EL SEGUNDO—Slava Voynov and Andrei Loktionov practiced Tuesday morning with the Kings at Toyota Sports Center, the latest opportunity for the 21-year-old Russians to demonstrate they can be more than just a temporary bandage for a banged-up club.
Voynov replaced Alec Martinez on the 23-man roster after Martinez went on injured reserve with an upper-body injury suffered Saturday night against visiting Minnesota. He’ll again pair up with Willie Mitchell for back-to-back games against the Ducks on Wednesday at Staples Center and Thursday at Honda Center.
Drew Doughty will team up with Jack Johnson, and Rob Scuderi and Matt Greene will form the third defensive pair.
“I’m so excited to come back,” said Voynov, who made his NHL debut while playing five games earlier this season when Doughty was sidelined with a shoulder injury. “I feel good because coach trusts me.”
Loktionov was called up from Manchester on Sunday to take the place of Dustin Penner, who was placed on IR retroactive to Thursday with a hand injury. He’ll get his latest opportunity playing left wing on the second line with center Mike Richards and Dustin Brown.
“They’re good players, they can find me everywhere,” Loktionov said. “I just need to leave my stick on the ice.”
Loktionov played one game with the Kings in the 2009-10 season and two stints with the club last season, totaling four goals and three assists in 19 games. He was given an opportunity make the team out of training camp this season but lost out to Trevor Lewis for the fourth-line center role.
“I felt his training camp was off, quite frankly,” Kings coach Terry Murray said of Loktionov. “In the exhibition games, in the practices, I saw some hesitation. I saw the player not handling the puck, not transporting the puck through the middle of the ice and creating in the offensive zone as I envisioned.”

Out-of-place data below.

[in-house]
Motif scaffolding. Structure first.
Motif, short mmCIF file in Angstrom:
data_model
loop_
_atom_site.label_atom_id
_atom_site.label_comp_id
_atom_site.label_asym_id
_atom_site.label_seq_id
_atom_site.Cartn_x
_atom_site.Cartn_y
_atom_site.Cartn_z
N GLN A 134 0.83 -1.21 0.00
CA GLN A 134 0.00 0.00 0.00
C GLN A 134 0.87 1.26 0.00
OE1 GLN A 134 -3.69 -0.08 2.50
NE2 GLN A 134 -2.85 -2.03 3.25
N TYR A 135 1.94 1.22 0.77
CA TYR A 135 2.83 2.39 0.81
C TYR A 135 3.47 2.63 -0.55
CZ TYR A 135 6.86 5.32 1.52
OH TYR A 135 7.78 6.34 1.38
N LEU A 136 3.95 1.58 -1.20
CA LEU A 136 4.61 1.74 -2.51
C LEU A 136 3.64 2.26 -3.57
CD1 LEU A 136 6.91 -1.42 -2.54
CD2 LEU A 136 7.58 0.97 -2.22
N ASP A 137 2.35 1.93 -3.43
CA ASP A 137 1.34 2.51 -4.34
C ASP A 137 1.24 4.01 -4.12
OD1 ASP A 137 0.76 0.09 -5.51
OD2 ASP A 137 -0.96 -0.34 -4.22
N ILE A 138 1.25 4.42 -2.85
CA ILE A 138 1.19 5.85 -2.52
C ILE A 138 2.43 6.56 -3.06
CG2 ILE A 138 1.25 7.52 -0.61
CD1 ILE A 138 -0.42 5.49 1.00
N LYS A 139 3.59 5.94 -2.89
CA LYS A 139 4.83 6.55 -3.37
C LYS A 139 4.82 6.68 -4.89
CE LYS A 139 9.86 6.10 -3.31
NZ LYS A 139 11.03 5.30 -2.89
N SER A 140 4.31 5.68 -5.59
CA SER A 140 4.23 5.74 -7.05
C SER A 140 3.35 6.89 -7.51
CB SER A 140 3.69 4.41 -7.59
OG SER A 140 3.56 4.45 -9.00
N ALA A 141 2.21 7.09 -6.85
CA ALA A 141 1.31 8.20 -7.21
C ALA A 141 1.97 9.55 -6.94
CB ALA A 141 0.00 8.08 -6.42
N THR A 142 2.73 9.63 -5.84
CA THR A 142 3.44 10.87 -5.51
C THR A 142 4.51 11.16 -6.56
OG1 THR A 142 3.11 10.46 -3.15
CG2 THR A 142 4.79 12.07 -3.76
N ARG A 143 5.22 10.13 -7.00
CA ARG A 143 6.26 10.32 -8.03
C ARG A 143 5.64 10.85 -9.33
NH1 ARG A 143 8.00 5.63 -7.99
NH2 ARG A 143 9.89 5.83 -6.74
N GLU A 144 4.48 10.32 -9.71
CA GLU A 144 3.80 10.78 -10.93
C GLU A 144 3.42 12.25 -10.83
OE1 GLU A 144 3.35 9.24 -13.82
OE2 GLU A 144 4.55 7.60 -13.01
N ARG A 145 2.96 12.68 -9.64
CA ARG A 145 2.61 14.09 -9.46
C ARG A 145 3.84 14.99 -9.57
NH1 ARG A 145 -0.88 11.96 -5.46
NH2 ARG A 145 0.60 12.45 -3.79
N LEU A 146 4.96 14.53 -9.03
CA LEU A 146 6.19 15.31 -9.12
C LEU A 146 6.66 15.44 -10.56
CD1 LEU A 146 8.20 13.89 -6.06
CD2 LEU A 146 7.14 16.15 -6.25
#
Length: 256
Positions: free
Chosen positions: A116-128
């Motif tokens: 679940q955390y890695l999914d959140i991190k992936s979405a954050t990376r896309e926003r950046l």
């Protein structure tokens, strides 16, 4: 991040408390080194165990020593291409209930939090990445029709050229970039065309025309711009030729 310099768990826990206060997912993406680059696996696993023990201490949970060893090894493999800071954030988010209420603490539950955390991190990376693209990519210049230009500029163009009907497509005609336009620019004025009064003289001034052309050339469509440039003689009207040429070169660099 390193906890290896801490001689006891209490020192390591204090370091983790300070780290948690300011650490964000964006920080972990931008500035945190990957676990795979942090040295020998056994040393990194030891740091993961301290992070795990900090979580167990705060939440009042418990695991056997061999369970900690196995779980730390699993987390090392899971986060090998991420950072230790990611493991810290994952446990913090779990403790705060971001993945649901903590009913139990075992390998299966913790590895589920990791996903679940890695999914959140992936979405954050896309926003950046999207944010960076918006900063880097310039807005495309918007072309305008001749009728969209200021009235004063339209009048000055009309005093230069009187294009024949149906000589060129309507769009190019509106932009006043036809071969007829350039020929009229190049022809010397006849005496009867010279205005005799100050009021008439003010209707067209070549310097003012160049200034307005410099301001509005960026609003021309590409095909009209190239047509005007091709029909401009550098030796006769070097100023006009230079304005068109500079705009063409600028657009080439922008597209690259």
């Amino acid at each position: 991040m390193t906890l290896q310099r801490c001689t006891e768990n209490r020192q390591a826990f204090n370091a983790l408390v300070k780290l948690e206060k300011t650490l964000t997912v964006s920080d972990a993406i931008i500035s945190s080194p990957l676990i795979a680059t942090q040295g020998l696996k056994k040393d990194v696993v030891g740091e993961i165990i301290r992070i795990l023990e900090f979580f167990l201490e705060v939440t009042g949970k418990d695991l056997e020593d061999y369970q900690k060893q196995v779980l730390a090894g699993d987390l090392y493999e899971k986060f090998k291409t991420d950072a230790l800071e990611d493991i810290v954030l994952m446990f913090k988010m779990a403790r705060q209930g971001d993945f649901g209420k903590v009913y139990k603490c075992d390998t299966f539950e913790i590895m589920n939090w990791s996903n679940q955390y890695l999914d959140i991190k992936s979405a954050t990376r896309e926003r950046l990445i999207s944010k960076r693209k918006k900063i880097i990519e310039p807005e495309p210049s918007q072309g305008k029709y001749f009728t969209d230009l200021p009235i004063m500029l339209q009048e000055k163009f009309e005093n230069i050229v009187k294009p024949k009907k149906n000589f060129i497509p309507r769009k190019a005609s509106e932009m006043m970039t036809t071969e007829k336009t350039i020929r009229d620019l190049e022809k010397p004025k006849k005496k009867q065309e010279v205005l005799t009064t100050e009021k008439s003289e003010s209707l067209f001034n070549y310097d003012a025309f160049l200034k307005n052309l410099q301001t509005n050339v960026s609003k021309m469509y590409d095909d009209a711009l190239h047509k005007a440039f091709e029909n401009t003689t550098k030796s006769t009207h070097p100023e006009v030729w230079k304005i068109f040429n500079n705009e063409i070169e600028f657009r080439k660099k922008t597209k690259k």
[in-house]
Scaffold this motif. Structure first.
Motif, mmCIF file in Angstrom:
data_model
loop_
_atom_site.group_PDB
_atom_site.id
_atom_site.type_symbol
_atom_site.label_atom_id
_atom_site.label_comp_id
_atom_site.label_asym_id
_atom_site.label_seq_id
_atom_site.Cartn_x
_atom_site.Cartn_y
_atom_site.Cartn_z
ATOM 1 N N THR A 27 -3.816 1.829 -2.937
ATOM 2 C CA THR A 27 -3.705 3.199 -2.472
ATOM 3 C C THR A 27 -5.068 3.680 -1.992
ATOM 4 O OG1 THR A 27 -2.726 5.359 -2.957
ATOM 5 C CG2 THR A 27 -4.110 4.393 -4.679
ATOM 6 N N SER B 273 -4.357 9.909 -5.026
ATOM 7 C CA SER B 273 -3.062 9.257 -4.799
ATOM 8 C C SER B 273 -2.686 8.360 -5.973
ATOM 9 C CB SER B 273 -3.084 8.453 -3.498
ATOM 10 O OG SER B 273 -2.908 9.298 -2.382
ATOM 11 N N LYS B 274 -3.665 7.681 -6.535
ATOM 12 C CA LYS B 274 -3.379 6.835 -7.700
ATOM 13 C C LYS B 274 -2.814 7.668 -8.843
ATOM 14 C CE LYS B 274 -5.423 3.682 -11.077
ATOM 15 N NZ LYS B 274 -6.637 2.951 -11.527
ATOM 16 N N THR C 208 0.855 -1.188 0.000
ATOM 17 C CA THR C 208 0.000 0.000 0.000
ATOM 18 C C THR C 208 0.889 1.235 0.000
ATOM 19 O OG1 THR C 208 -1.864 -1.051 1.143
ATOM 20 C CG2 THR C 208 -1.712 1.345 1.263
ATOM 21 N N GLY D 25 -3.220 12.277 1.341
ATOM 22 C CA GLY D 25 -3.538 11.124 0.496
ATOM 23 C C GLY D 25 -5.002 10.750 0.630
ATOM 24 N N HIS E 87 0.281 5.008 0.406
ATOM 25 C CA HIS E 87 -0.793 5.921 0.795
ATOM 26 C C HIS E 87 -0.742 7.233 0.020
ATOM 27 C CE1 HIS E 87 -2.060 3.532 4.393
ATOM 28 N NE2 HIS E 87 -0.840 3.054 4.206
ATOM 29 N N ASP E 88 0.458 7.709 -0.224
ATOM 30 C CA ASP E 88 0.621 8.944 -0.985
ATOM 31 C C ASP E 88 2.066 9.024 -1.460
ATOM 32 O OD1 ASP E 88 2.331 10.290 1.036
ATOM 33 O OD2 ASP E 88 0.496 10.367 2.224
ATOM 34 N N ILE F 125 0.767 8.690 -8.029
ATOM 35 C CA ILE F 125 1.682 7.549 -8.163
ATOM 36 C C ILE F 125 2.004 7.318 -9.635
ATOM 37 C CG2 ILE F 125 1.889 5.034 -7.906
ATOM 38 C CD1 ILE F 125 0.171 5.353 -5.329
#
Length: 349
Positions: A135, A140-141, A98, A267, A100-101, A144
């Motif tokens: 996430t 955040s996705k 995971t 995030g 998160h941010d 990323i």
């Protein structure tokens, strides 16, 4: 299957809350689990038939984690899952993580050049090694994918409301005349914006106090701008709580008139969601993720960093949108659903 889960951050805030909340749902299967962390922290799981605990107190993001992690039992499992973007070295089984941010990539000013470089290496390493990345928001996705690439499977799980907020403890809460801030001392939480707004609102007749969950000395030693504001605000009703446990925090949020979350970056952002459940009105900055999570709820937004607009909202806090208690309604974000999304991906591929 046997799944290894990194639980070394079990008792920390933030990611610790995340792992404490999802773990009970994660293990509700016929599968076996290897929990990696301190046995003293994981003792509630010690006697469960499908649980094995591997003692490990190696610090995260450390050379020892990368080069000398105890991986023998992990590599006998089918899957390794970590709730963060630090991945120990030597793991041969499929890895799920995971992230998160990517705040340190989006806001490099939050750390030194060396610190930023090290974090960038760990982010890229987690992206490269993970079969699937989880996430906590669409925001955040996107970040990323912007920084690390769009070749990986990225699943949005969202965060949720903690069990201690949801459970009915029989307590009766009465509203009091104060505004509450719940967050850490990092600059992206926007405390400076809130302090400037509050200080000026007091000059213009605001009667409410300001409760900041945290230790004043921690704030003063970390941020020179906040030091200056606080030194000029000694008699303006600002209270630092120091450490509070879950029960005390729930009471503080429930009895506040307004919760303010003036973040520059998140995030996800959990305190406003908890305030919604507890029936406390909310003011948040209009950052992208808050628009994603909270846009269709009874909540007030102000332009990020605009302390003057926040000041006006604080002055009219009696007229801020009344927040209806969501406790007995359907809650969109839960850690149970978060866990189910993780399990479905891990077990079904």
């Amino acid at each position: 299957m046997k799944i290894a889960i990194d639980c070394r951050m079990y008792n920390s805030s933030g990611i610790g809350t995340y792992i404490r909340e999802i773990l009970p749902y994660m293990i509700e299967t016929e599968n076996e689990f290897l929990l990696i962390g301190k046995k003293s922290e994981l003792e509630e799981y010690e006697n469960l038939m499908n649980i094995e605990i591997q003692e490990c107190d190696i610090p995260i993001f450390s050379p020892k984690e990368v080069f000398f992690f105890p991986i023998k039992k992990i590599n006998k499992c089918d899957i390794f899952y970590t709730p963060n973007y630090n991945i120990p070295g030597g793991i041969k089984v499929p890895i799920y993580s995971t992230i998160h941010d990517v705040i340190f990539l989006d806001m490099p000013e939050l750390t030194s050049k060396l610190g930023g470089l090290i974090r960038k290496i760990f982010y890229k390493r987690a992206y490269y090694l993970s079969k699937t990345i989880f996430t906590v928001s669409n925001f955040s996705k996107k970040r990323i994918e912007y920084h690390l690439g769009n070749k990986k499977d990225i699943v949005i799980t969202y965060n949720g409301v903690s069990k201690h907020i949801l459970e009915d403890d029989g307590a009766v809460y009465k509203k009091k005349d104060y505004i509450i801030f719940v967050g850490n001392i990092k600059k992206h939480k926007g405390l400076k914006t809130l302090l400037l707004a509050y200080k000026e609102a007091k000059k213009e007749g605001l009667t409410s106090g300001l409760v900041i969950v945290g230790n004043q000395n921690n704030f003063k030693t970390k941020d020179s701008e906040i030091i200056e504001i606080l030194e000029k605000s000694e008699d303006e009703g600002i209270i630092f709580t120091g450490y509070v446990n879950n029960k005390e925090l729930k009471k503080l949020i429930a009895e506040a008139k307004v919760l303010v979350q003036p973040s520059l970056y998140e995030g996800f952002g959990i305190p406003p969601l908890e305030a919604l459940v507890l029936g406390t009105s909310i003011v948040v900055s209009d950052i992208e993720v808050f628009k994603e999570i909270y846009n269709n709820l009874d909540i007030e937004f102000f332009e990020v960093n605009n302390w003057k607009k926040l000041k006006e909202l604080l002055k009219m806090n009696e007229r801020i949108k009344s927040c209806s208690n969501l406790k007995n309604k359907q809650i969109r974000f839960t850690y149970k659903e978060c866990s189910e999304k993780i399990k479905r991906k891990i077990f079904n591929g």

Loktionov is a natural center who struggled with the physical play of left wing while briefly on the top line last season with Brown and Anze Kopitar. With the addition of Richards in the offseason, the Kings are even deeper at center than last season, meaning Loktionov will need to demonstrate some versatility if he’s going to stick around for the long haul.
“Now it’s a situation where I need a player to fit into a position, we’ve got down the middle pretty well set,” Murray said. “We’re looking for offense, we’re looking for goals and we feel that with Loktionov fitting in there now, he’s going to give us that same look.”
Richards likes what he has seen so far.
“He sees the ice really well,” Richards said. “When you have that, you can be creative and it allows you to get more time to put yourself in the right position.”
Voynov was the last cut coming out of training camp and fit in well with the Kings during his five-game audition last month during Doughty’s absence. He had two goals and an assist as the Kings went 4-1 with him in the lineup. Since he was returned to Manchester, the Kings are 2-4-2.
Doughty and Johnson are both offensive-minded defensemen, but they’ve spent time together on the power play and during a few stretches over the previous three seasons.
“They’re coming of age, where they play hard for each other now,” Murray said. “There’s always a time early in a career when you’re young, you want to try to do a lot of stuff out there, but right now it’s about the team and about a pair being very good, playing a lot of minutes, playing important, critical situations and getting the job done.”
If the Kings can get some of those qualities from Voynov and Loktionov, they might become less of a patch this time around, and more a part of the team’s fabric.